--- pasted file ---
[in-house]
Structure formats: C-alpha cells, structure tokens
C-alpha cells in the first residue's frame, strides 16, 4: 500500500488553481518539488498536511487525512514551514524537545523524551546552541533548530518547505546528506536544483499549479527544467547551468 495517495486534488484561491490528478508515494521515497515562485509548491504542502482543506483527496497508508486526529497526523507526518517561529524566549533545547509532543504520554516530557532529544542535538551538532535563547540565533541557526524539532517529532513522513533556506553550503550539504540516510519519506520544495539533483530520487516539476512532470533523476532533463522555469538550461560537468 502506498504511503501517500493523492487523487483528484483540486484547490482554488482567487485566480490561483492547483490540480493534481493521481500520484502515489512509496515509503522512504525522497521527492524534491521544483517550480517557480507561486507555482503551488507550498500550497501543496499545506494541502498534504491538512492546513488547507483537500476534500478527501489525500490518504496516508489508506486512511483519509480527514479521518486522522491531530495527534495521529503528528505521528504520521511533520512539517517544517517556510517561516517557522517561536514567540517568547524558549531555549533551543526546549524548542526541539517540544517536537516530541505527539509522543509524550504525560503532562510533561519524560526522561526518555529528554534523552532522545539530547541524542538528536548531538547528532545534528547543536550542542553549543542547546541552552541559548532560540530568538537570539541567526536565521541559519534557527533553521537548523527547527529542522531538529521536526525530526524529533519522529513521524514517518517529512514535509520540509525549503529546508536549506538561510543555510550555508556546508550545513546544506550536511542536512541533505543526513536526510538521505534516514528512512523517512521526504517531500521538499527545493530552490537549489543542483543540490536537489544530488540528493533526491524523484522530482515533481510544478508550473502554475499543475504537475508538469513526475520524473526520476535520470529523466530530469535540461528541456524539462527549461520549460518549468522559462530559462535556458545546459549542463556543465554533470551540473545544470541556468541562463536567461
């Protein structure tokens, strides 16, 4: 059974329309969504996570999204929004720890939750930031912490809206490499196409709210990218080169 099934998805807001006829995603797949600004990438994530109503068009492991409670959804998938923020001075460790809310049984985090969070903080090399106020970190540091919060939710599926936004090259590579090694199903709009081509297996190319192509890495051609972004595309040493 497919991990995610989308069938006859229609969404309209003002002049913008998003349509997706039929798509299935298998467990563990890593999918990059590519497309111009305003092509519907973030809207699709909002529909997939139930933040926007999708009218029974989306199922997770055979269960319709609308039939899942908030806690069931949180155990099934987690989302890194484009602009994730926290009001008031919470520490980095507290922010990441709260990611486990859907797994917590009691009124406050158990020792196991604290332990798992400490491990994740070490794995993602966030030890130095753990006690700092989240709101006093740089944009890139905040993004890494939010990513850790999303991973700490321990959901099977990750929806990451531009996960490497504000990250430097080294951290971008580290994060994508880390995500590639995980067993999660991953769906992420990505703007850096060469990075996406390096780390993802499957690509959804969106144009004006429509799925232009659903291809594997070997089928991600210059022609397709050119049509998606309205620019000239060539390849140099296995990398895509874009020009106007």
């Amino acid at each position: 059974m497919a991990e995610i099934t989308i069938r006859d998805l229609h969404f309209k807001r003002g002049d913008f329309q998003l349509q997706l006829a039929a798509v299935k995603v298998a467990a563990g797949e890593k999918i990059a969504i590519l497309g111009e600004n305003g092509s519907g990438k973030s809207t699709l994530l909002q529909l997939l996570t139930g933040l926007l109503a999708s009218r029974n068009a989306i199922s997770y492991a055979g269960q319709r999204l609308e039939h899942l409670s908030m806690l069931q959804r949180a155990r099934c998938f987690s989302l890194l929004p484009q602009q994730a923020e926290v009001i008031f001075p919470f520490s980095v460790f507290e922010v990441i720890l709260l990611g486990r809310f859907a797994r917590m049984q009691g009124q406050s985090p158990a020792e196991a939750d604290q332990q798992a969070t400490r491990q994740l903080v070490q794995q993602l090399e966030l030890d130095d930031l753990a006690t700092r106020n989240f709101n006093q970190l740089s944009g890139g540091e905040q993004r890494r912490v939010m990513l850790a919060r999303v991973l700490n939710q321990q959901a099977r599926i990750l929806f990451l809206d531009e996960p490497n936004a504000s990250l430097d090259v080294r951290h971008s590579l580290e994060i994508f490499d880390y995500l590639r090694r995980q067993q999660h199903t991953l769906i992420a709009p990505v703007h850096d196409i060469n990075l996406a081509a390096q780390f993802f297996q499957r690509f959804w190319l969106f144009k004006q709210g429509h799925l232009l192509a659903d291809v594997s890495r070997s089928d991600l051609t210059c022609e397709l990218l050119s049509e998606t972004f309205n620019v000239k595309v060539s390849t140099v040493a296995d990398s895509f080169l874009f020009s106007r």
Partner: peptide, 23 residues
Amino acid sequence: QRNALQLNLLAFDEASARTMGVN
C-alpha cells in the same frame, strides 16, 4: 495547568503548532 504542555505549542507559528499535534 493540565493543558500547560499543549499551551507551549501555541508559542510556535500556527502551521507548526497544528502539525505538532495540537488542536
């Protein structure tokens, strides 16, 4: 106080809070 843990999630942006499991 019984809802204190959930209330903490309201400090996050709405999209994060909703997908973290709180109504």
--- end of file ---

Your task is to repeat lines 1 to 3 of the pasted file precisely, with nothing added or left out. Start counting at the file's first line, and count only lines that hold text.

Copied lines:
[in-house]
Structure formats: C-alpha cells, structure tokens
C-alpha cells in the first residue's frame, strides 16, 4: 500500500488553481518539488498536511487525512514551514524537545523524551546552541533548530518547505546528506536544483499549479527544467547551468 495517495486534488484561491490528478508515494521515497515562485509548491504542502482543506483527496497508508486526529497526523507526518517561529524566549533545547509532543504520554516530557532529544542535538551538532535563547540565533541557526524539532517529532513522513533556506553550503550539504540516510519519506520544495539533483530520487516539476512532470533523476532533463522555469538550461560537468 502506498504511503501517500493523492487523487483528484483540486484547490482554488482567487485566480490561483492547483490540480493534481493521481500520484502515489512509496515509503522512504525522497521527492524534491521544483517550480517557480507561486507555482503551488507550498500550497501543496499545506494541502498534504491538512492546513488547507483537500476534500478527501489525500490518504496516508489508506486512511483519509480527514479521518486522522491531530495527534495521529503528528505521528504520521511533520512539517517544517517556510517561516517557522517561536514567540517568547524558549531555549533551543526546549524548542526541539517540544517536537516530541505527539509522543509524550504525560503532562510533561519524560526522561526518555529528554534523552532522545539530547541524542538528536548531538547528532545534528547543536550542542553549543542547546541552552541559548532560540530568538537570539541567526536565521541559519534557527533553521537548523527547527529542522531538529521536526525530526524529533519522529513521524514517518517529512514535509520540509525549503529546508536549506538561510543555510550555508556546508550545513546544506550536511542536512541533505543526513536526510538521505534516514528512512523517512521526504517531500521538499527545493530552490537549489543542483543540490536537489544530488540528493533526491524523484522530482515533481510544478508550473502554475499543475504537475508538469513526475520524473526520476535520470529523466530530469535540461528541456524539462527549461520549460518549468522559462530559462535556458545546459549542463556543465554533470551540473545544470541556468541562463536567461